May 1 is ‘Fet Agrikilti e Travay’, Agriculture and Labor Day, a holiday in Haiti. This is a special day to celebrate this very thing as a nation!
Friday, April 30, MH Chaplains and Agronomy department together offered a special day of activities for hands on learning for all the students on Many Hands campus. Approximately 100 students started the time together in the Equipping Center by hearing from Pastor Jean Ronel who encouraged them to honor God by clapping their hands to acknowledge God created all things including the fruits displayed here: Mango (Mangoes), Seriz (Cherries), Papay (Papaya), Anana (Pineapple), Tamaren, Citron.
Jean Ronel led the students as they learned and recited Hebrews 11:3. Se konfyans nan Bondye ki fe nou ka konprann se ak pawol Bondye te kreye tout bagay. Li sevi ak sa je pa ka we pou li fe tout sa je ka we. Ebre 11:3 Haitienne (My translation of the Kreole version is as follows…. It is confidence in God that makes us able to understand it was God’s word that created everything. He uses all the eye cannot see to make all the eye can see.)
The English Standard Version translation says this… By faith we understand that the universe was created by the word of God, so that what is seen was not made out of things that are visible. Hebrews 11:3 ESV
Agronomist Claudin taught the students that agriculture includes work with vegetables and animals. He helped the students realize the importance of Agriculture in economic development by stating that many countries that have economic success have strong agriculture. The proclamation, “If you don’t work, you don’t have food”, is commonly heard in Haitian society. With the help of the teachers, the students were able to sample each of the fruits featured today.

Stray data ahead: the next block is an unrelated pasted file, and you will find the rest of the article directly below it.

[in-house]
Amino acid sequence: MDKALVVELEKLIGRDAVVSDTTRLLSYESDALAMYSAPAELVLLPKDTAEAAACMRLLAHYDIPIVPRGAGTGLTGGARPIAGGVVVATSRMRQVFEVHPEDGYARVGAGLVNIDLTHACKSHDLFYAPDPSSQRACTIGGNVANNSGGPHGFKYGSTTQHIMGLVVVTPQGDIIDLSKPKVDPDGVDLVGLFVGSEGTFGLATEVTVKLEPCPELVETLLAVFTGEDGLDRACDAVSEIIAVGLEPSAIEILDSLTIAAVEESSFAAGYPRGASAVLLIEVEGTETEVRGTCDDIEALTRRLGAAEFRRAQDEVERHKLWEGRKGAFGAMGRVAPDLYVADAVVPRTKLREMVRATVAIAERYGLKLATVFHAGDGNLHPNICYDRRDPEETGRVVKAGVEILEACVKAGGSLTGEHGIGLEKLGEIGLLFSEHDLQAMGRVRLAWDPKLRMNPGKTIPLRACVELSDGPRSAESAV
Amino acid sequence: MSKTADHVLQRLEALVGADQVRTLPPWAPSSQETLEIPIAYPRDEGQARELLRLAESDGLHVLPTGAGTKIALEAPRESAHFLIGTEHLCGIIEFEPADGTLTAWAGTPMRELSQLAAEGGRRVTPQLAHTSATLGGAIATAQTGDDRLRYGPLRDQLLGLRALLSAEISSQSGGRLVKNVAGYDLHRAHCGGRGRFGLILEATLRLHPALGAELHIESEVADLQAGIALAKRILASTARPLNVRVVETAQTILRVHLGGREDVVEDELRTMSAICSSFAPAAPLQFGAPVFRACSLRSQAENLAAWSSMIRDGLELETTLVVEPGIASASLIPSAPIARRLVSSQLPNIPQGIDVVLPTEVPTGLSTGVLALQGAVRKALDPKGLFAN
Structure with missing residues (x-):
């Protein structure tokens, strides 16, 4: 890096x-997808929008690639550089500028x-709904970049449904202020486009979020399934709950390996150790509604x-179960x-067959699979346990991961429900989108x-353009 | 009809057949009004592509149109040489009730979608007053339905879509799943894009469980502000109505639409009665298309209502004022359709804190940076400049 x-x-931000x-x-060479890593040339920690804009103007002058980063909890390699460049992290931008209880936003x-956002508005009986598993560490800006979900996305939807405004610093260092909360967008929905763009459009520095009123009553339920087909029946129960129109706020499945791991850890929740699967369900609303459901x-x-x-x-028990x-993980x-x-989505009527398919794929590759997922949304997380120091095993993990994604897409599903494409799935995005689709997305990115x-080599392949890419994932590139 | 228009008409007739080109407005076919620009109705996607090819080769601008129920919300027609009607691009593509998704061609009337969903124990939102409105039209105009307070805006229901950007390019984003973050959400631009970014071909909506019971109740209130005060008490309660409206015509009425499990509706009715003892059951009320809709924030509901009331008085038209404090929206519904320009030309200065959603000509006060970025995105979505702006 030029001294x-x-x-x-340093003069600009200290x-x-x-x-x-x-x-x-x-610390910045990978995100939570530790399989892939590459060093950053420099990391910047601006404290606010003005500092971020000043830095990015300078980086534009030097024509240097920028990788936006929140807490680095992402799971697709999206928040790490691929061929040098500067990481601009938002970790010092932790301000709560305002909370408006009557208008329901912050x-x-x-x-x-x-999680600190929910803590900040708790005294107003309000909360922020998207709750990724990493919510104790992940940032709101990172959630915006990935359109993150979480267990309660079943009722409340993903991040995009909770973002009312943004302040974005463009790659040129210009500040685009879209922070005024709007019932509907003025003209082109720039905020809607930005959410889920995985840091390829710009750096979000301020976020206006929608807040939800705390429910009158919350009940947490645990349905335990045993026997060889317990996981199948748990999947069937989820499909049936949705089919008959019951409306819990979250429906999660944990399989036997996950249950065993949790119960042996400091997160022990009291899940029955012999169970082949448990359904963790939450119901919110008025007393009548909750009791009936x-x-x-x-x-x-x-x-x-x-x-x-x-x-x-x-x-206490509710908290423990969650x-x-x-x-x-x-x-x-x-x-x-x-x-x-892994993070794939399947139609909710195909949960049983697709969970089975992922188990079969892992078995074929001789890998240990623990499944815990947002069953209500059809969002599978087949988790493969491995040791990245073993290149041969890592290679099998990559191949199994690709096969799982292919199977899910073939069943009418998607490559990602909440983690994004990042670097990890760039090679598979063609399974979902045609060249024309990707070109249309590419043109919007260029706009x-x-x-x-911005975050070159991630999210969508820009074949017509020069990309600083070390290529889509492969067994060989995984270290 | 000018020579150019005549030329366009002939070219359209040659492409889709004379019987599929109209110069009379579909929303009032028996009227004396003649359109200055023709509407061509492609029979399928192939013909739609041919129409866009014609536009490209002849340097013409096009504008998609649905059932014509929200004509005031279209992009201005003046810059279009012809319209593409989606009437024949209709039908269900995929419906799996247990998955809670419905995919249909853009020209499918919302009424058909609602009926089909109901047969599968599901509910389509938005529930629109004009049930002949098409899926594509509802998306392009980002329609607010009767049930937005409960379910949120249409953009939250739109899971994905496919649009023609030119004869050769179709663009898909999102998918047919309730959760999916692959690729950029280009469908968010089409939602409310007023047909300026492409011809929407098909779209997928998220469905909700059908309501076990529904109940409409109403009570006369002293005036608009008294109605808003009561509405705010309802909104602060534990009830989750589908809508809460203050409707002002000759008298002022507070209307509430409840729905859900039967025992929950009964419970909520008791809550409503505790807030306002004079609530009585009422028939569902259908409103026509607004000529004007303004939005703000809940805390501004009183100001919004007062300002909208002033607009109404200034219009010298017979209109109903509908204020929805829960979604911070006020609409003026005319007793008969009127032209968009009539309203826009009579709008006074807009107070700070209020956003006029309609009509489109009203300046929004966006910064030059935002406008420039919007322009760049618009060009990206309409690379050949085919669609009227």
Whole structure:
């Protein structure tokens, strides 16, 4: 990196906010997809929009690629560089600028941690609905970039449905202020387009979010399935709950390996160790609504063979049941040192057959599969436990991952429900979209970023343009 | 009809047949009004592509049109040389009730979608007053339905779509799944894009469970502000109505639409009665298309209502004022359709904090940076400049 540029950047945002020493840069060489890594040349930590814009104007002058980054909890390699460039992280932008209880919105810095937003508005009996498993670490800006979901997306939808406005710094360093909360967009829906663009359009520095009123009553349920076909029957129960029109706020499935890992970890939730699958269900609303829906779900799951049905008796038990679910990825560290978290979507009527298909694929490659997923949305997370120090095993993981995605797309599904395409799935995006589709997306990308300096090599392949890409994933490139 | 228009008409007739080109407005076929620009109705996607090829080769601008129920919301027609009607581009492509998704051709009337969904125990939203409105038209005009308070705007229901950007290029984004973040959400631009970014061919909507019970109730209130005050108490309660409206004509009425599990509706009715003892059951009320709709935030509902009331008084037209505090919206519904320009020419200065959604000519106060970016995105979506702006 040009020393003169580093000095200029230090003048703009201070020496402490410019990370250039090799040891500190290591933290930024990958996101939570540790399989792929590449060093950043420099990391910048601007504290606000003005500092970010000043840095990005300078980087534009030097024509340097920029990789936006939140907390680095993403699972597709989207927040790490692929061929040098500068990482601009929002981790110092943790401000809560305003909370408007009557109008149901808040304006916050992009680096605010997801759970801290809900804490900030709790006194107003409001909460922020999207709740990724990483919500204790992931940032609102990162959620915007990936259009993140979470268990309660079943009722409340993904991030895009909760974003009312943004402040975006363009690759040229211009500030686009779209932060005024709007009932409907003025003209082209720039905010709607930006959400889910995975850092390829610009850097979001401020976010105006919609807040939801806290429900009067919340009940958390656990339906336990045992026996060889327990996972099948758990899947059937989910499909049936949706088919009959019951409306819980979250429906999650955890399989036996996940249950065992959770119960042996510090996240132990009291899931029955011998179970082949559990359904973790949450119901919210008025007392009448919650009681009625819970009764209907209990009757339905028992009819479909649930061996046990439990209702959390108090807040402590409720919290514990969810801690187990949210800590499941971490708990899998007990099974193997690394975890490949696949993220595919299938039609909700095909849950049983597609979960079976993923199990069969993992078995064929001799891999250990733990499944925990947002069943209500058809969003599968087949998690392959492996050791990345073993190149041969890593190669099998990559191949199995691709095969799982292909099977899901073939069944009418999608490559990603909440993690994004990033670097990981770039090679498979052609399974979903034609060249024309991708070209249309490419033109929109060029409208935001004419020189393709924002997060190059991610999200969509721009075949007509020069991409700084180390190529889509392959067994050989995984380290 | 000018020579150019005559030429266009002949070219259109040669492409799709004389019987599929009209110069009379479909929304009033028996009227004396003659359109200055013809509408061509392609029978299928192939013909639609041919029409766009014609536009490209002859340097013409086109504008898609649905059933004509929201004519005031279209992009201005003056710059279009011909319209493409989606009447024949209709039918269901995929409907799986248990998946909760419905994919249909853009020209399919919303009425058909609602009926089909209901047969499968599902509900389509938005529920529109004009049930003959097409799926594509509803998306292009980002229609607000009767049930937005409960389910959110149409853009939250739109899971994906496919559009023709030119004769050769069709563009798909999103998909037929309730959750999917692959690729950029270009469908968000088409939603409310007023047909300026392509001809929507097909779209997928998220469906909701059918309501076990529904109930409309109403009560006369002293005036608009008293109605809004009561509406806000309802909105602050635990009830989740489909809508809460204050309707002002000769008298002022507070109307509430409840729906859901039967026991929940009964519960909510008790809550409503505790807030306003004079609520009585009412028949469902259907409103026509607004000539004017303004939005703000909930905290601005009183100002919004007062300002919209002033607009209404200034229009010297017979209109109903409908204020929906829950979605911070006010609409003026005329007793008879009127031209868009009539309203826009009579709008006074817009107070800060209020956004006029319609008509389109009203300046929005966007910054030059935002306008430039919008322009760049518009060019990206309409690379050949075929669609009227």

In an orderly fashion, the students transitioned to the shade house where class by class, Claudin helped them see and understand this beautiful growing environment. Food produced here is part of lunch that is prepared and served during MH education programs.
The next stop, the newly prepared space for planting nearly 100 papaya trees. Agronomy workers had pre-dug the holes and Claudin demonstrated how compost is added into the soil when the trees are planted. This compost is called ‘bagas’ and is decomposed sugar cane stalk which is leftover after the sugarcane goes through the sugar cane press.
The sun is HOT at this point in the morning but the kids and helpers, including Ag Tech David Alcina, persevered to bring the ‘oh!-so-important’ WATER to the newly planted trees.
A precious gift came at the end of the day. Each student went home with a Papaya tree seedling to plant in their ‘lakou’, their yard. The teachers were excited to also be blessed with some seedlings to take home: Papaya, Sweet Orange, and Avocado. The teachers were encouraged to ask the students on Monday if they planted their tree at home.
David was on MH campus Saturday morning. His task… water these papaya tree seedlings. Rainy season is nearly here. Hopefully a couple weeks of watering and rain will take over that part of his job.